Heather Little-White, PhD, Contributor
It is not uncommon for persons to react after eating certain foods as a result of food allergies. Very often, the food allergies are self-diagnosed and people usually use the term 'allergy' very loosely, describing any reaction to food as an allergy when it may not be so.
Food allergies may be inherited and may be easy to identify very early in life, especially among children. Changes in the body's immune system may manifest as true food allergies. An allergen, which is the protein in the food to which you react, sets off the chain reaction, releasing antibodies for protection. The antibodies trigger the release of chemicals such as histamine which cause controllable symptoms for food allergies such as runny nose, itching and increased heart rate.
Any food can trigger an allergic reaction, but some foods are more likely to do so than others. Common foods are nuts, milk, wheat, fish and soy. But allergic reactions to these products are outgrown. It is important to read labels for foods that commonly cause an allergic reaction presented in other forms.
Milk may be represented as casein, lacto albumen, milk solid pastes, sweetened condensed milk and dried milk solids.
Egg may be in the form of albumin, dried egg solids, livetin and ovoglubulin.
Corn may come as corn solids, cornstarch, corn syrup, dextrose, corn oil, corn sugar, glucose and corn alcohol..
Legumes may be represented as acacia gum, carob, and locust bean gum.
Soy may be presented as hydrolyzed vegetable protein, soy concentrate, soy protein, textured vegetable protein and vegetable-protein concentrate.
Food allergies cause different reactions in different persons. Symptoms may appear within seconds after eating the food or it may take longer. In extreme cases, just touching or smelling the food can provide an allergic reaction in persons who are extremely sensitive. Most reactions affect the skin, respiratory system, stomach or intestines.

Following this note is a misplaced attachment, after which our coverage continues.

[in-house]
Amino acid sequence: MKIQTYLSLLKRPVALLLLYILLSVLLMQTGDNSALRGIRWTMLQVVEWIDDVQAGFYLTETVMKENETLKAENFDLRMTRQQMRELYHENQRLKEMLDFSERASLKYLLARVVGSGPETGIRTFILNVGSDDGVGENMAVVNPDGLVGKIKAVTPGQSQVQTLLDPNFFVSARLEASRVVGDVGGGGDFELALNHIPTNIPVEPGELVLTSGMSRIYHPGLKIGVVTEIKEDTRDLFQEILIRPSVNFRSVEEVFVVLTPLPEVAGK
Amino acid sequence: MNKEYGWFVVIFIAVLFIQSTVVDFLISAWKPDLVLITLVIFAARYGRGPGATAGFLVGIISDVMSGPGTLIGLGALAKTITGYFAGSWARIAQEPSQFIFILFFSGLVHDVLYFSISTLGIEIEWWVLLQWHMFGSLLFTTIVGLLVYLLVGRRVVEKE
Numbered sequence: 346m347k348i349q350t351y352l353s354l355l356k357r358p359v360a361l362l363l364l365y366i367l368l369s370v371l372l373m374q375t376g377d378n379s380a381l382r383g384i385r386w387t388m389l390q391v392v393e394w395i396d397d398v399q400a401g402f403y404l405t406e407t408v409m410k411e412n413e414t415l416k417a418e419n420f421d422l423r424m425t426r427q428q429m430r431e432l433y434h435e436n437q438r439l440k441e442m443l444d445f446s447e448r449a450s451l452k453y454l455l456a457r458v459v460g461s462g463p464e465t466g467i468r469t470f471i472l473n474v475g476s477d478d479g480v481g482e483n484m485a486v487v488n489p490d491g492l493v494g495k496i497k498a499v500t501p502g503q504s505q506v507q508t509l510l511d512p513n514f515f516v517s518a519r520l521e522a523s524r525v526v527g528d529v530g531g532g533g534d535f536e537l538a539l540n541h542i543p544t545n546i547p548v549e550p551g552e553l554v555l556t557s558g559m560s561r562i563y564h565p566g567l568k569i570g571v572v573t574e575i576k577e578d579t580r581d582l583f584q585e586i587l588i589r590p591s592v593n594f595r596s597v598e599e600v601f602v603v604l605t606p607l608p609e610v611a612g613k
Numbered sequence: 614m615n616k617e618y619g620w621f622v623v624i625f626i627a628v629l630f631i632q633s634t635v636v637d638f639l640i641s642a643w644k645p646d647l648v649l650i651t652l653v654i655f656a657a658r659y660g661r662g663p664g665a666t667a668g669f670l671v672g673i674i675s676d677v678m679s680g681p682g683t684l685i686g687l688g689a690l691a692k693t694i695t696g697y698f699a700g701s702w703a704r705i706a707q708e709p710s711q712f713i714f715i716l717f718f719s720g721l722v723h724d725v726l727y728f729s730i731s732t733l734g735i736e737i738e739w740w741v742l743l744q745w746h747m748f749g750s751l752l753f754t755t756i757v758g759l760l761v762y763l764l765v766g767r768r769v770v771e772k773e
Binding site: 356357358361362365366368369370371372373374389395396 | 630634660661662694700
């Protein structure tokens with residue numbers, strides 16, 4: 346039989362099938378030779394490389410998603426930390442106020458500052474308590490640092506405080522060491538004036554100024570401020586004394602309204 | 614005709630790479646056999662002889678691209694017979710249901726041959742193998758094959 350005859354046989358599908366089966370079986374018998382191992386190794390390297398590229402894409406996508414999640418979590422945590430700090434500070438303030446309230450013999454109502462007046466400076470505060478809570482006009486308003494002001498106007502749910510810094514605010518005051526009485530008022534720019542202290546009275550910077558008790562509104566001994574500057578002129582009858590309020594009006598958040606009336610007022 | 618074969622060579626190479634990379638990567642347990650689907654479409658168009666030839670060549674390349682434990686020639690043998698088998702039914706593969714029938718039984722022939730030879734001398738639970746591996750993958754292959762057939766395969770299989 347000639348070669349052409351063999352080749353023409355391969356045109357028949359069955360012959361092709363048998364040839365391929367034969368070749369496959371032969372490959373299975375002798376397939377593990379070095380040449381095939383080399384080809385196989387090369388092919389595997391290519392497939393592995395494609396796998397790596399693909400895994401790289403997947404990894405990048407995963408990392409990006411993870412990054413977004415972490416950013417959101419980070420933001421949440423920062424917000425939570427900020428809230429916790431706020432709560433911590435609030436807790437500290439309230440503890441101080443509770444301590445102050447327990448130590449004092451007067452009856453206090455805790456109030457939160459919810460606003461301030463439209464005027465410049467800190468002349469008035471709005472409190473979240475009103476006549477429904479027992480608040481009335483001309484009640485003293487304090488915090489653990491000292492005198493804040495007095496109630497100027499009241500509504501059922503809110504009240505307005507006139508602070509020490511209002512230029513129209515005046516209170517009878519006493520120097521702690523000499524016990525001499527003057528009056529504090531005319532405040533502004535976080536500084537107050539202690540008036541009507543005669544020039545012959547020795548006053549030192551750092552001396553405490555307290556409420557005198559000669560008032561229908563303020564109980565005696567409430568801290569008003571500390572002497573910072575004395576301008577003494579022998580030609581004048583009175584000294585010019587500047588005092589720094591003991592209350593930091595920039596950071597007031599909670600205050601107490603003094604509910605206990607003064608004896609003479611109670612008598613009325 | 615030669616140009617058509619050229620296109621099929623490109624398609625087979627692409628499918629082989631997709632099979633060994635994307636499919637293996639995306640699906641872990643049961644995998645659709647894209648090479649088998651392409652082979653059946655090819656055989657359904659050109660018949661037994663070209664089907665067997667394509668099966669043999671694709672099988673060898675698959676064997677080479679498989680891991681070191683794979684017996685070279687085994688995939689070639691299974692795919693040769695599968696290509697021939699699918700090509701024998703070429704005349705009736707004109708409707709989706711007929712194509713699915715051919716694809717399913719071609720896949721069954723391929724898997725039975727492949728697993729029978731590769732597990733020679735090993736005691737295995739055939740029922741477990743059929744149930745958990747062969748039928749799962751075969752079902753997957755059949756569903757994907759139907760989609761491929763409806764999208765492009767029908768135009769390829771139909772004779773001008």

Skin reactions include swelling of the lips, face, mouth, tongue or throat. There may be hives, rashes, redness and itchy skin or eyes.
Nose, throat and lung reactions include onset of asthma, wheezing, difficulty in breathing, sneezing, coughing, nasal congestion, or a runny nose.
Stomach and intestinal reactions include vomiting, diarrhoea, cramps, gas, abdominal pain and bloating and nausea (Food Allergies, Dobler, American Dietetic Association).
Food allergies are dangerous and need total evaluation after symptoms develop. For example, if the body develops an anaphylactic reaction (that is different systems of the body reacting at the same time), then without immediate medical attention, the person could die. Foods more likely to cause this reaction include shellfish, tree nuts and peanuts. When allergy-prone individuals are dining out, they should wear an identification bracelet or necklace so others can be aware of their allergy. Persons with such sensitivity should carry adrenaline that can be injected quickly to counter the reaction.
It is important to keep a record of how the body reacts, and reaction time to each food so it can help with the clinical assessment of the allergies and eliminating unrelated medical conditions. Making the diagnosis includes keeping a food diary, a medical history, and physical examination of the patient and laboratory tests. Doctors may suggest an elimination diet to identify the food or foods that may be the culprit.
If you are diagnosed as having a food allergy, you have to plan meals carefully to eliminate the food or category of food which maintain good nutrition in the diet. You try to find new ways of cooking when you eliminate certain foods from the diet. When you eat out, you should review restaurant menus carefully and ask about certain ingredients before you order. It is best to order plain foods and keep it simple.